Erica and Wes in Belize

Wes and Erica
Finally Erica and Wes joined us for a week in Belize! They’ve spent so much time with Wes’ family in Colorado over the last three years, we were beginning to feel left out. Of course coming to us is challenging for two college students with very busy schedules. This journey to us was definitely complicated. An overnight flight, a taxi to the bus station, then a three hour unairconditioned bus ride, another taxi to the Hokey Pokey, a twenty minute water taxi, and finally a wet trip out to Alembic by our tiny dinghy.
Crazy Bus with puppies!
Hokey Pokey Water Taxi

While I waited for them to arrive by bus, I wandered around the bus station and the nearby market and school.
Such a sad sick dog. I wanted to take it home.
The government is trying to develop markets
Sweet outdoor market. But it was closed…
The sign for the High School could use a little repair. Class project?
Part of me felt sorry for the locals, seeing the dilapidated state of affairs. But how can I judge? Here I was, eager to spend time in this paradise: warm breezes, tropical fruits, idyllic underwater scenes, and safe anchorages among the hundreds of islands. My expectations and experiences from growing up in suburban US do not necessarily pertain to the folks here.
Ibrahim, security guard a the high school, told me his story while he made a hammock.
Meeting Ibrahim, and hearing his life’s story helped me to recognize, yet again, that every human has a story, and every culture has its own set of essentials.
The high school
Students learned how to care for baby chicks
The school’s mama goat protects her babies
After touring the school grounds, they were ready to go to Alembic

After wandering all over Placentia, collecting provisions and indulging in a few offerings from local tiny outdoor restaurants run by entrepreneurial women (Yoli’s and the Juice Bar), we were ready to sail away to outer islands.

In Placentia, they want to take a dip, together!
So they jumped!
SPLASH!
Coming up for air
Our first adventure was to head to Ranguana. Here, we sailed past the island, anchored in the cut of the reef to enjoy excellent snorkeling. Bill shot three lion fish with his Hawaiian Sling. These invasive fish consume ridiculous amounts of the local reef fish and have become a true threat, so killing them helps the ecosystem. As a bonus, they are also delicious, if you can remove the 13 venomous spines without poisoning yourself. Swimming with an enormous spotted eagle ray was another treat at this snorkel spot.
snorkeling

Waking up in the tranquility of remote Ranguana was spectacular. Luckily, Erica and Wes didn’t complain about the rolly anchorage. When you are far away from the mainland, and just inside the cut of the reef, swells can roll around a small island. Dinghying to shore, we enjoyed exploring, playing with Blue, and beach flyfishing. Permit were everywhere, but they are a significant challenge to hook.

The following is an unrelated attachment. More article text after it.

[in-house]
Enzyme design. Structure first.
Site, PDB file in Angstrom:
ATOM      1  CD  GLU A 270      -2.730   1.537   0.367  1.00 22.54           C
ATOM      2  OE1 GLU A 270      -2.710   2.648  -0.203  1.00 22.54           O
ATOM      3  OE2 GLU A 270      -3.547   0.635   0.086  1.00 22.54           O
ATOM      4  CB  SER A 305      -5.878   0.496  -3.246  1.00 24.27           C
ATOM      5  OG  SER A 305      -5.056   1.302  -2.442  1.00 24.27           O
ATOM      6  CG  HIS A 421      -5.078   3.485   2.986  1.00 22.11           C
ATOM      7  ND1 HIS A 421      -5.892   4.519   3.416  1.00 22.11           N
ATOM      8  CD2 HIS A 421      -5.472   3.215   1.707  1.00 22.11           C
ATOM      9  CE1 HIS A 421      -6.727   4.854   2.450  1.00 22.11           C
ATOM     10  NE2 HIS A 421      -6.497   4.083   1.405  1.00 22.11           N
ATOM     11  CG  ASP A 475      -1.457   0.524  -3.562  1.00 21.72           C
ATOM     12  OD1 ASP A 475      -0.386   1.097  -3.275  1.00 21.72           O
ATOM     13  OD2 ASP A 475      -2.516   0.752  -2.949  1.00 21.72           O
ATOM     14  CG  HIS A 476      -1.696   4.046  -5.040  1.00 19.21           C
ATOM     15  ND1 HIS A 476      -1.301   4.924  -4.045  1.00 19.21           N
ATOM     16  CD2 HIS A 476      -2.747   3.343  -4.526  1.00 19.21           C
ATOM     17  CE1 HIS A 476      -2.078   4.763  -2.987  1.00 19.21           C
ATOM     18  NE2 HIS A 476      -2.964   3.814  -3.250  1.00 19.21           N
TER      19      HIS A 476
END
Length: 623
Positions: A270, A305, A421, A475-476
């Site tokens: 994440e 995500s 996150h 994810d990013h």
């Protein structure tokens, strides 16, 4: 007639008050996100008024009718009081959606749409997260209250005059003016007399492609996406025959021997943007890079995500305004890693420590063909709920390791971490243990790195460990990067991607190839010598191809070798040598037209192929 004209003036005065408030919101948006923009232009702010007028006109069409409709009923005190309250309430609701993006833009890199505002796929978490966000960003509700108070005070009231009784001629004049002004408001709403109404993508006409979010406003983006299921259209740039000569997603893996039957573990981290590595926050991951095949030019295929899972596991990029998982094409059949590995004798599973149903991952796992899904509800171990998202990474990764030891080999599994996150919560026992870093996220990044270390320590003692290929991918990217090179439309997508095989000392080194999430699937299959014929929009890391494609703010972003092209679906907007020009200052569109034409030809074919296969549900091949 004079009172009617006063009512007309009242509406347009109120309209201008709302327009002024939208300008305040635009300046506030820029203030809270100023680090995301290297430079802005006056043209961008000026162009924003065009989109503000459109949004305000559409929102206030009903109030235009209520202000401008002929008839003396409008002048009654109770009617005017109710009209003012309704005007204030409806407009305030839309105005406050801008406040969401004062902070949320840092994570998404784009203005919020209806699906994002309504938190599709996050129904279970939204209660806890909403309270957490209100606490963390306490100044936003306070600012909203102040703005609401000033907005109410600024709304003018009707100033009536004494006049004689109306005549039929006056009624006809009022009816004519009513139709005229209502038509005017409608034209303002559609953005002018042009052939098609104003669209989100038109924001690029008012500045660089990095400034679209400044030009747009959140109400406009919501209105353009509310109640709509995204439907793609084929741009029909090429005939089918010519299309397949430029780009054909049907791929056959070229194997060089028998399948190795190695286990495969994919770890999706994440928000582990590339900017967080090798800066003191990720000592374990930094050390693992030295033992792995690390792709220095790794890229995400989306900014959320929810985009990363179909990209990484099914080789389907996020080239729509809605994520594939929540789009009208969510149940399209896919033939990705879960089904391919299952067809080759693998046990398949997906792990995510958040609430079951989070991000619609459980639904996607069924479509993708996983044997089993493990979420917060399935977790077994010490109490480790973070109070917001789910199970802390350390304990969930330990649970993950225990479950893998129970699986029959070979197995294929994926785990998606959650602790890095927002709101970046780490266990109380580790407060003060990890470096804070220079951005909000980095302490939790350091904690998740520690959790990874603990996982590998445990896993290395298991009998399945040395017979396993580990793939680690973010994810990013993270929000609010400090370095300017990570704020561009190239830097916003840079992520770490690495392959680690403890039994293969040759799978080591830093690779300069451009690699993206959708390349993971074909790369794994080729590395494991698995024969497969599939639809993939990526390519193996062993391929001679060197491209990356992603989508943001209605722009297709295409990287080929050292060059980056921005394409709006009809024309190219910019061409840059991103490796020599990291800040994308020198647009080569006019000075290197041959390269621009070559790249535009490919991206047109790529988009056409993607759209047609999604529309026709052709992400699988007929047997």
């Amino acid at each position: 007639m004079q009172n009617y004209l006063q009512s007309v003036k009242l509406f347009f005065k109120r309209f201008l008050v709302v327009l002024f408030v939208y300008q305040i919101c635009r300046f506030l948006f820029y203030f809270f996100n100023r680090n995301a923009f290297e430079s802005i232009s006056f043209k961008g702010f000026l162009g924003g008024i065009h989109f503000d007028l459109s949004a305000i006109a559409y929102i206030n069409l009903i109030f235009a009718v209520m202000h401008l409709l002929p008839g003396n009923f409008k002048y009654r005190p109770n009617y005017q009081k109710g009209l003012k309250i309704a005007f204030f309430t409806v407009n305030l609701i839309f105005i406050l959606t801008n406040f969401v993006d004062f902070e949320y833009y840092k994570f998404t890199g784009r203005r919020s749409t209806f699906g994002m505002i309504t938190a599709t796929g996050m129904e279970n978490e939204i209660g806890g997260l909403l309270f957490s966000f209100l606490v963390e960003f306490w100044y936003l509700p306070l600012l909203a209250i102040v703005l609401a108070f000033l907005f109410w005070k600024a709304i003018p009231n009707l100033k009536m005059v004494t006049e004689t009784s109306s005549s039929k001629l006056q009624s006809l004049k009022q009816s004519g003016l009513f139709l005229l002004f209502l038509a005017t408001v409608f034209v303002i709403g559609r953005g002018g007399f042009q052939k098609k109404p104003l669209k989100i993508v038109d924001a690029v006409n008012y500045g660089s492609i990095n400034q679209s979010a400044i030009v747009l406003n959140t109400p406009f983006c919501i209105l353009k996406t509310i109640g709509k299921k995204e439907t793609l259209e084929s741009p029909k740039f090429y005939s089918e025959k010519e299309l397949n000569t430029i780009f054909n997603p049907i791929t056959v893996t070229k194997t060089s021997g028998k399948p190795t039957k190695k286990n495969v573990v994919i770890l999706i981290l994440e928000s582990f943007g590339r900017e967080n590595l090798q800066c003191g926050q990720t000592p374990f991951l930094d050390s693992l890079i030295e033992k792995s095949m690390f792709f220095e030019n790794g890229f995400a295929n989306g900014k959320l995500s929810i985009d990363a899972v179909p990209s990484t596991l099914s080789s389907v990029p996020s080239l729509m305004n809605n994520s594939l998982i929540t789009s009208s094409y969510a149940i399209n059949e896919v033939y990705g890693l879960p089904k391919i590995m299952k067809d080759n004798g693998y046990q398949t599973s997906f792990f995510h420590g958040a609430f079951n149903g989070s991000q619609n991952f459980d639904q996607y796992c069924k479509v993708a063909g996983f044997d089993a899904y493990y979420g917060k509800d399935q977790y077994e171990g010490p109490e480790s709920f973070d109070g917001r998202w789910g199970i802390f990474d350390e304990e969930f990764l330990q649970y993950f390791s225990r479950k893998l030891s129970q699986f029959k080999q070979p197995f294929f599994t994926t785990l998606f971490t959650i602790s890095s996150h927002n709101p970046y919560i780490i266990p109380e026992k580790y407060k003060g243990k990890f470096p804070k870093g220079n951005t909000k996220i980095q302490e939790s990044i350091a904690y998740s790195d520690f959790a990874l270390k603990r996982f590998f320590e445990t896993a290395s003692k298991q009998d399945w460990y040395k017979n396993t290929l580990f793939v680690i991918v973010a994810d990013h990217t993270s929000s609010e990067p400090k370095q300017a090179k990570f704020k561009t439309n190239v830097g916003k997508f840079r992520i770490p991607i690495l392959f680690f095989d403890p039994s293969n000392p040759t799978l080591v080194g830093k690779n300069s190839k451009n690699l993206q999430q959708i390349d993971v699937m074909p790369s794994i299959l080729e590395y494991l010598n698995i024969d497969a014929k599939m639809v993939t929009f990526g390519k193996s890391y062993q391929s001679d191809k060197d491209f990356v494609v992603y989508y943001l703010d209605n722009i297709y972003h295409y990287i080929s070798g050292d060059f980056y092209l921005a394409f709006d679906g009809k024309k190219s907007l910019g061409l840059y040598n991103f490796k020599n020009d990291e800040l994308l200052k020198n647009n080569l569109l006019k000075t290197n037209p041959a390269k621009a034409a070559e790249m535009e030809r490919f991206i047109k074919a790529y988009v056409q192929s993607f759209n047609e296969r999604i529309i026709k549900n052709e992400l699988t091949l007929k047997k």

Blue was the local guy’s parrot
What a hack job they did to Blue’s wings!
Appropriate: Bienvenido means Welcome!
Bill found a shotski
Tree kids
Wes was after those permit

Erica and Wes tried again to flyfish when we arrived at Hideaway in the Pelican Cays later that day.

off they went to flyfish
Catching starfish is cheating
Here, Erica caught a starfish and Wes caught a barracuda, right in the eye, unfortunately. Visiting with Dustin in his open air thatched roof home was a delight, especially for Wes, who pondered: “I could do this…build a home on a mangrove island, fish all day, and entertain guests at night”. Wes saw that Dustin had built his dream home for himself and his wife (and now 4 year old daughter) and was embracing every moment.
Erica and Wes only met Dustin, but here he is with Kim and Ama

Stormy weather could have socked us in the next day, but we knew our crew could handle a bit of rough seas, so we sailed off north to explore more special places. We had hoped to go to Tobacco or South Water Cay for awesome snorkeling, but it was much too rough, with winds blowing 25-30 knots. We tucked into Twin Cays for a quieter anchorage up a creek. Erica and Wes took off in the dinghy again to explore the island.

A little rain didn’t bother them

We made it to South Water Cay the next morning, even though it was still blowing like stink. Here, after anchoring, we prepared to snorkel, leaving our Hawaiian Sling on Alembic because it is a preservation area. The IZE (International Zoological Expedition) Resort on South Water Cay has built tables underwater where they are growing coral experimentally. Snorkeling around these tables was interesting and I thought of all the lucky students who get to study here. Bonefish lined the shore, tempting any flyfisherman!

Reef Boi takes care of South Water Cay
Cormorant is drying his wings to prepare for flight

Back on Alembic, we readied ourselves for a wild ride to Colson Cays through large swells building in the Victoria Chanel. This channel is usually flat calm, but with this relentless 25 knot north wind, seas had a chance to establish themselves. Erica and Wes proved to be mighty fine sailors, helping when we needed a hand, and relaxing enough to play Backgammon and Mastermind even though the boat was pitching back and forth.

Playing Backgammon